For this episode, Hillel and Tal from Protego were joined by Mike Atkins, a distributed systems engineer at LaunchDarkly. Mike explained, “LaunchDarkly makes it easy to put flags anywhere in your application. Normally, people think of flags as something they use to manage their features, so they can deliver new features to customers in a progressive manner. Release something to a subset of users and then be able to see how they respond to it and continue the rollout of that feature based on that feedback.
“LaunchDarkly can also be used for more ops kind of use cases. When you change a flag in our application, the update to your app is pretty much real time, so you can also use LaunchDarkly to turn things on and off. For example, if something is causing a problem in your system, you can turn it off and it will take effect in your system immediately.”
Mike is the creator of Edgar Facts: a software application made for the Amazon Echo to keep you informed about his dog, Edgar. “I did that when it first came out, in about 2014, when serverless was very nascent. You had to develop the app on AWS Lambda, and that was the thing that first piqued my interest in serverless. It really changed my thinking about how you design software in this serverless environment, and the power of serverless computing that led me to design the system at the startup I was working at then using serverless, and it was pretty effective.”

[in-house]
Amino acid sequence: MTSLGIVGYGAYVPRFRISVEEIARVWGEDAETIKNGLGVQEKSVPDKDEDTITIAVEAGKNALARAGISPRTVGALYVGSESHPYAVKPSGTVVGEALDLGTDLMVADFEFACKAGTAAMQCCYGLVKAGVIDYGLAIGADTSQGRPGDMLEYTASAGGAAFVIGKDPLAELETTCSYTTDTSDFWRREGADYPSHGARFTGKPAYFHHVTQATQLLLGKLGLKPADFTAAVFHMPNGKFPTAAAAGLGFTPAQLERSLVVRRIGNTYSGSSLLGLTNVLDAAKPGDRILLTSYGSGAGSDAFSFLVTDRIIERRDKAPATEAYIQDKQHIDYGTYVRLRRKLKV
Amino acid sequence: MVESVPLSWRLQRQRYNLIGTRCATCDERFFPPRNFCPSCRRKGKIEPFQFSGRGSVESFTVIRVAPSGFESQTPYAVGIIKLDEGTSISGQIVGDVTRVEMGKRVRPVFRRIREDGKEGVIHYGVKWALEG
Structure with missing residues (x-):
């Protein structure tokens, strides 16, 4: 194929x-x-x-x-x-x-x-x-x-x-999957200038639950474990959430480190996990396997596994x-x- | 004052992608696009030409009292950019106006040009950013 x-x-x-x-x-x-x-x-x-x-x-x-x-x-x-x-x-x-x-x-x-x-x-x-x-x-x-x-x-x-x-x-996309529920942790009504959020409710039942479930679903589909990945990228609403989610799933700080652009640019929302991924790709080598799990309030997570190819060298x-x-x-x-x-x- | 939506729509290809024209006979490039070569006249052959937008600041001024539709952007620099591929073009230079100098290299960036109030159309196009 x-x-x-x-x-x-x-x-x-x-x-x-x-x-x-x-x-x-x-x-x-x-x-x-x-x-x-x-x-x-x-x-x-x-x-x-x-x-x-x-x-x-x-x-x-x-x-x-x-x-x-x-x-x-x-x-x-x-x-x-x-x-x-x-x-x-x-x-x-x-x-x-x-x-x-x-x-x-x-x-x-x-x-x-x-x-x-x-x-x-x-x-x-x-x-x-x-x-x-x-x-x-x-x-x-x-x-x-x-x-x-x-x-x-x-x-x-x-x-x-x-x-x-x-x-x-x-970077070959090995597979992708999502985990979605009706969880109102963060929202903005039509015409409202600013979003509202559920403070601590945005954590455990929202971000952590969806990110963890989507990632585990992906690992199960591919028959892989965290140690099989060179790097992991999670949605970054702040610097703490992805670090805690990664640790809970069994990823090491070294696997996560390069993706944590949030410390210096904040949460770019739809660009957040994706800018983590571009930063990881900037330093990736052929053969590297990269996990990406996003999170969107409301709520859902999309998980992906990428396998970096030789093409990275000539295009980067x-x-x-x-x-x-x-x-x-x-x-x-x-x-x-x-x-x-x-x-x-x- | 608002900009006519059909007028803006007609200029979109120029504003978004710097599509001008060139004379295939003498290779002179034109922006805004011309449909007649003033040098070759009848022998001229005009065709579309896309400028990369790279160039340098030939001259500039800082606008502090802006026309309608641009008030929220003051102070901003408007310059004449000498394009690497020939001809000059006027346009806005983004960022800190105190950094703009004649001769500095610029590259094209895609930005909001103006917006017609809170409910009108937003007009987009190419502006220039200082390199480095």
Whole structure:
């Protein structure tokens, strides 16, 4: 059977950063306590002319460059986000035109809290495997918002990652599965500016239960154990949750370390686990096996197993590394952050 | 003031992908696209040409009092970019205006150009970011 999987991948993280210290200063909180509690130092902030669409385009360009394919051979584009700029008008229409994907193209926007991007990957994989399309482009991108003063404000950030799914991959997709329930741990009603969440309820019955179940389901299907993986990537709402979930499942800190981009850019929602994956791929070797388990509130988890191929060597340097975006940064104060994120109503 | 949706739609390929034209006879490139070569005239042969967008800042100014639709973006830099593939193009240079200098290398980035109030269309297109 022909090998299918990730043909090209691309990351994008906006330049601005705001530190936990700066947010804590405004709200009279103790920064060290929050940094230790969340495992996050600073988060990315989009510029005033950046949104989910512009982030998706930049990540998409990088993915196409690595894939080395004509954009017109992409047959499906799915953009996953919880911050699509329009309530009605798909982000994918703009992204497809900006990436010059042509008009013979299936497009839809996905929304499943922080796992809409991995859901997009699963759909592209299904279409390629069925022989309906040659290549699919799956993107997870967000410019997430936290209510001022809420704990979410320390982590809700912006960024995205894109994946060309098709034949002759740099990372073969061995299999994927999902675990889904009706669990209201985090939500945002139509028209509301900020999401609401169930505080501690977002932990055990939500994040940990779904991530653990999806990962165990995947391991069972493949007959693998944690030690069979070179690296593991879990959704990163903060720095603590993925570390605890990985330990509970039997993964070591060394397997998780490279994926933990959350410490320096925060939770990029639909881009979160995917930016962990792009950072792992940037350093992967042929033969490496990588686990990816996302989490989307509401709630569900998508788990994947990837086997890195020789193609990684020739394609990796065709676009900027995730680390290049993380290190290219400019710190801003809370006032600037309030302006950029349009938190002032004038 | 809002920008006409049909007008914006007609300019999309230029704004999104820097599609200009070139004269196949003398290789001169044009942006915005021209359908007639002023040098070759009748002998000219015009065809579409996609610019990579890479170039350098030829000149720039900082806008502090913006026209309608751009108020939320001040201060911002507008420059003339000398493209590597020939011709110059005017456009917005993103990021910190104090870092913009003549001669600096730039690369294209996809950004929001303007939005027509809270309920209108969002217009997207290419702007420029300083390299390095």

The group first discussed several recent articles addressing questions, as serverless begins to mature in the market, where does it make sense? Are we under- or over-hyping it? Hillel stated, “There was an article by our friend Tom McLaughlin, who talks a lot about startups, when he’s seeing startups use serverless and when they should. I think the point he was making was if you’re really strapped for funding, then serverless is going to be something you can get started on a very small budget. But if you have a little bit more money, moving right to serverless might not necessarily be the best investment for you. I’m not sure I completely agree. For small companies, does it make sense to embrace serverless or is the pain of serverless going to be not worth it at first?”